Dodgers' Bobby Miller optioned to triple-A Oklahoma City after another rough outing


The Dodgers starting rotation lost another pitcher on Wednesday.

This time, the subtraction was intentional.

A day after getting rocked for nine runs by the Philadelphia Phillies, in what was the latest clunker of a disappointing 2024 season, right-hander Bobby Miller was optioned to triple-A Oklahoma City, the Dodgers announced — an unexpected, but hardly unwarranted, demotion for the 2023 rookie star who had stumbled to a 1-2 record and 8.07 ERA in seven outings this year.

“No. 1, we got to get him right, that’s the impetus,” manager Dave Roberts said. “You have a path to either continue to go as we have been, and hope that it turns; or remove him from the situation, option him, and give him a reset to get out of this hotbox of performance. So we just felt this was the best thing for Bobby and for us. He’s a big part of what we’re trying to do this year.”

Indeed, Miller’s raw stuff makes him a vitally important piece of the Dodgers’ long-term pitching plans.

For a team that is currently without Tyler Glasnow, Yoshinobu Yamamoto, Walker Buehler, Clayton Kershaw and Dustin May because of injuries, and approaching a trade deadline market short of top-end starting pitching, Miller’s upper-90s mph fastball and (when well-executed) swing-and-miss secondary stuff makes him a unique talent on their roster.

He’s one of the club’s increasingly few pitchers with the kind of potential to excel in October.

Which is why, in a 2024 season that was already derailed by a two-month a shoulder injury, the Dodgers couldn’t risk his slump lasting any longer.

They want to send him to the minors, let him and the organization’s player development department try to iron out his delivery, then get him back at top-form in time for the season’s important stretch run.

“You can see it taking a toll on him,” Roberts said of Miller’s struggles. “When I take him out of a game, you can just see the weight and the stress that he’s putting on himself. So I do think that getting him out of this environment is gonna be beneficial. He’s gonna come back reset, recharged, and throwing the baseball the way we know he can.”

That, at least, is the optimistic view of the Dodgers’ decision on Wednesday.

Through another lens, the move served as the latest sign of the team’s suddenly dwindling rotation options — both in the short-term, with a rotation that is now down to just four arms, but also in the long-term, as starting pitching questions start to cloud the club’s October chances.

“The last thing I’m thinking about is a playoff rotation,” Roberts said. “We don’t even know who Sunday’s starter is. We have a lot of good options [for the playoffs] if they’re healthy and pitching well. But right now we’re just a long way from that point.”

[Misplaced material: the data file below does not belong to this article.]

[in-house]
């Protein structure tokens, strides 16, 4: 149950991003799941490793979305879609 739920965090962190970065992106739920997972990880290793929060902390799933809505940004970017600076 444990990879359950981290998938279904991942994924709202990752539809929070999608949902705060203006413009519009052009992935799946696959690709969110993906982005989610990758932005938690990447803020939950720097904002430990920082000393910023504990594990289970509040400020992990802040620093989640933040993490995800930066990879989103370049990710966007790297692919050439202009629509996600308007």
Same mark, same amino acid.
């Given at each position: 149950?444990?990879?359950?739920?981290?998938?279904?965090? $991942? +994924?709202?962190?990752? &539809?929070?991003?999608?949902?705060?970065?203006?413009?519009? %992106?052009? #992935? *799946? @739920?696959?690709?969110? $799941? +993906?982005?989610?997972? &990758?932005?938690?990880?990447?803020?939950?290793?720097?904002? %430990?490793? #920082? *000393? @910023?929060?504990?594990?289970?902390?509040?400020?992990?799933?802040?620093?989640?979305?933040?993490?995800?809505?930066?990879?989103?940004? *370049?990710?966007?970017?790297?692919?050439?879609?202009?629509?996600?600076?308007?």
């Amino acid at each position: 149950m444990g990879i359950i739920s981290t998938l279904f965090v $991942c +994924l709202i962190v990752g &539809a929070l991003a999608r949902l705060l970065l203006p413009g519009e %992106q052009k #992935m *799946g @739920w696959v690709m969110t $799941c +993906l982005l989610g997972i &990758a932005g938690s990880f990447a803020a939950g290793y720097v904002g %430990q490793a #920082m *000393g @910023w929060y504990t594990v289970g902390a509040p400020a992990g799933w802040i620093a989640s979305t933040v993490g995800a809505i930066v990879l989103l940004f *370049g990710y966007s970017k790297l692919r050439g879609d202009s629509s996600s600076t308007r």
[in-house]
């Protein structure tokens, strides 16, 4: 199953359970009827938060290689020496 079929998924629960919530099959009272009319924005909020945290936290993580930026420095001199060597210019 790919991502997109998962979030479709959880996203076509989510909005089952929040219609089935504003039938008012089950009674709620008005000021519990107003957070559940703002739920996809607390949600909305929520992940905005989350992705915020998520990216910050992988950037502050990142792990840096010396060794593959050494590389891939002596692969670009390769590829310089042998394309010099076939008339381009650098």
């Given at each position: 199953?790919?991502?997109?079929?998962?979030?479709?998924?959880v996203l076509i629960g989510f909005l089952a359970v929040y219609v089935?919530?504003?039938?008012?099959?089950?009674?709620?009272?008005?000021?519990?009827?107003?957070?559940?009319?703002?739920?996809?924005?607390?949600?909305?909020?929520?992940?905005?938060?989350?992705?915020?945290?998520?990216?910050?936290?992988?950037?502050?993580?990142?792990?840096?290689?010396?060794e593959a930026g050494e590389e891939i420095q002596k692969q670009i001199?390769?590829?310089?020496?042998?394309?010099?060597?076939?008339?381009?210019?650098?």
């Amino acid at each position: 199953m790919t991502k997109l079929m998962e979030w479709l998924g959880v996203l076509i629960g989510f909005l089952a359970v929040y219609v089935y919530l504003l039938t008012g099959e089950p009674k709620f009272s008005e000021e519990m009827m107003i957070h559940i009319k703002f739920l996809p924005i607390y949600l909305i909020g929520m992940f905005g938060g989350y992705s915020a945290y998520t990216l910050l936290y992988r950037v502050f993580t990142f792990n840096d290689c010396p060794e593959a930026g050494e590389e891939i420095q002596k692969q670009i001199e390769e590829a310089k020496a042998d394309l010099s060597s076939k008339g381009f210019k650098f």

The time frame for Miller’s eventual return to the majors is unclear.

This week, he will work directly with Dodgers minor league pitching director Rob Hill, trying to identify what in his delivery has caused his lack of command, dip of fastball velocity and overall inability to execute consistently.

After next week’s All-Star break, Miller will join the Dodgers’ triple A rotation in Oklahoma City, where Roberts said the club will be looking for him to “finish off hitters when he has count leverage; command the baseball, certainly the fastball; and get his changeup back to being a swing-and-miss pitch.”

“I think he was certainly taken aback, but he understood it, handled it like a professional.” Roberts said of Miller’s reaction to the news, which he was informed of Tuesday night. “He was determined to do whatever he could to get back to help us win up here, and be the pitcher that he knows he’s capable of being and has been before.”

In a best-case scenario, Miller can be called back as soon as July 25 (and possibly sooner, if someone else on the Dodgers’ pitching staff goes on the injured list in the meantime).

In the meantime, Roberts said its possible top pitching prospect River Ryan could be called up to join the team’s big-league rotation — one that already features three other rookies currently in Gavin Stone, Landon Knack and Justin Wrobleski.

“It isn’t easy [sending Miller down] because we need healthy starting pitchers,” Roberts said. “But it just shows how much we value Bobby.”

Still, for a pitcher who was supposed to be a “big piece of the puzzle” in the Dodgers’ pitching plans this year, as Roberts put it early in the season, and still figures to serve as one of their few legitimate options to start games in October, if he can rectify his form, Wednesday’s “news reflected the depths of the struggles Miller had endured — and the desperation with which the club is trying to get him right.

“If you’re going to do something this drastic or whatever, we’ve got to make sure we run this play out so we don’t have to do it again,” Roberts said. “That’s the other thing I told Bobby. It’s not about ERA. It’s not about April, May through July. It’s about the last part of the year and who’s throwing best. He’s certainly a viable option.”

But, in order to prove it, he’ll first have to rediscover his game back at the minor-league level again.



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